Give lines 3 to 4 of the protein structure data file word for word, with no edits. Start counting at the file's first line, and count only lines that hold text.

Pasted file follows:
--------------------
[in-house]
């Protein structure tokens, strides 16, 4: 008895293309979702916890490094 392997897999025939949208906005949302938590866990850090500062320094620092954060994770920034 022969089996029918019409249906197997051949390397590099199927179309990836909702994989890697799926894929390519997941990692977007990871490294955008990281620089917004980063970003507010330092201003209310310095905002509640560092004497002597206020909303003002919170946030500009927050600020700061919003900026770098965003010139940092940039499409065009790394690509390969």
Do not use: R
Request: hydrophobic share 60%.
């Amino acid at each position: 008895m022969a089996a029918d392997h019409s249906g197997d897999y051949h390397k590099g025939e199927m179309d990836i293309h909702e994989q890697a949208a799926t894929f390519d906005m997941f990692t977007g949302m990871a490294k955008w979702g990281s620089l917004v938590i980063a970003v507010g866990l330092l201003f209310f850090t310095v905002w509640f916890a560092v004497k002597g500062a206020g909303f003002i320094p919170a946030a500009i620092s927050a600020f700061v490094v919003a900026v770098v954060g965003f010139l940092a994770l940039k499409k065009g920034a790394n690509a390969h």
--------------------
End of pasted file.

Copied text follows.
Do not use: R
Request: hydrophobic share 60%.